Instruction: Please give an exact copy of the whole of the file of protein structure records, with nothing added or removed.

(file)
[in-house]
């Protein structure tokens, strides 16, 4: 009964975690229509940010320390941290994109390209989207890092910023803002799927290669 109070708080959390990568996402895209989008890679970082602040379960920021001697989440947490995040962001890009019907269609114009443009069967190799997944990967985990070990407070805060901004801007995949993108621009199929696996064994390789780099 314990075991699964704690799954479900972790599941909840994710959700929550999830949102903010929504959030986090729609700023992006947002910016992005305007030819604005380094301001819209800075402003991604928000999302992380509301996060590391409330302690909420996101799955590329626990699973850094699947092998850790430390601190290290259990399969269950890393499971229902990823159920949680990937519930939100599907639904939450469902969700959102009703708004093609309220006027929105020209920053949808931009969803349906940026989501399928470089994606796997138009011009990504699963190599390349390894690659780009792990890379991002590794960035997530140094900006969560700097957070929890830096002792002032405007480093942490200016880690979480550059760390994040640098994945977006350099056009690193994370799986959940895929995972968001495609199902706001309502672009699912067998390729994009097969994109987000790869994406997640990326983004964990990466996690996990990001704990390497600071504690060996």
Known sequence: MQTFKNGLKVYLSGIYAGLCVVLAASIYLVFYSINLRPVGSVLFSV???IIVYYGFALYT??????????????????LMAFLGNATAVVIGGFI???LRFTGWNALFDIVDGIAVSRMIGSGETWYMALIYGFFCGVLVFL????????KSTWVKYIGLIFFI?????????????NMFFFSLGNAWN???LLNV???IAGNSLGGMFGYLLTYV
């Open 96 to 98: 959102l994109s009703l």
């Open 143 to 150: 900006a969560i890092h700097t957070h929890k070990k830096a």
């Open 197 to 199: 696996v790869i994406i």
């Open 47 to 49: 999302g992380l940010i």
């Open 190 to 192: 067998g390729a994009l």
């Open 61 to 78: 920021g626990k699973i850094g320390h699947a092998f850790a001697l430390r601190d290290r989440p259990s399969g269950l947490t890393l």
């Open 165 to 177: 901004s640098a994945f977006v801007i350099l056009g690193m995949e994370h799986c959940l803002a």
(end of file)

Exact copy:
[in-house]
């Protein structure tokens, strides 16, 4: 009964975690229509940010320390941290994109390209989207890092910023803002799927290669 109070708080959390990568996402895209989008890679970082602040379960920021001697989440947490995040962001890009019907269609114009443009069967190799997944990967985990070990407070805060901004801007995949993108621009199929696996064994390789780099 314990075991699964704690799954479900972790599941909840994710959700929550999830949102903010929504959030986090729609700023992006947002910016992005305007030819604005380094301001819209800075402003991604928000999302992380509301996060590391409330302690909420996101799955590329626990699973850094699947092998850790430390601190290290259990399969269950890393499971229902990823159920949680990937519930939100599907639904939450469902969700959102009703708004093609309220006027929105020209920053949808931009969803349906940026989501399928470089994606796997138009011009990504699963190599390349390894690659780009792990890379991002590794960035997530140094900006969560700097957070929890830096002792002032405007480093942490200016880690979480550059760390994040640098994945977006350099056009690193994370799986959940895929995972968001495609199902706001309502672009699912067998390729994009097969994109987000790869994406997640990326983004964990990466996690996990990001704990390497600071504690060996």
Known sequence: MQTFKNGLKVYLSGIYAGLCVVLAASIYLVFYSINLRPVGSVLFSV???IIVYYGFALYT??????????????????LMAFLGNATAVVIGGFI???LRFTGWNALFDIVDGIAVSRMIGSGETWYMALIYGFFCGVLVFL????????KSTWVKYIGLIFFI?????????????NMFFFSLGNAWN???LLNV???IAGNSLGGMFGYLLTYV
């Open 96 to 98: 959102l994109s009703l």
């Open 143 to 150: 900006a969560i890092h700097t957070h929890k070990k830096a």
């Open 197 to 199: 696996v790869i994406i």
């Open 47 to 49: 999302g992380l940010i």
């Open 190 to 192: 067998g390729a994009l």
């Open 61 to 78: 920021g626990k699973i850094g320390h699947a092998f850790a001697l430390r601190d290290r989440p259990s399969g269950l947490t890393l």
């Open 165 to 177: 901004s640098a994945f977006v801007i350099l056009g690193m995949e994370h799986c959940l803002a």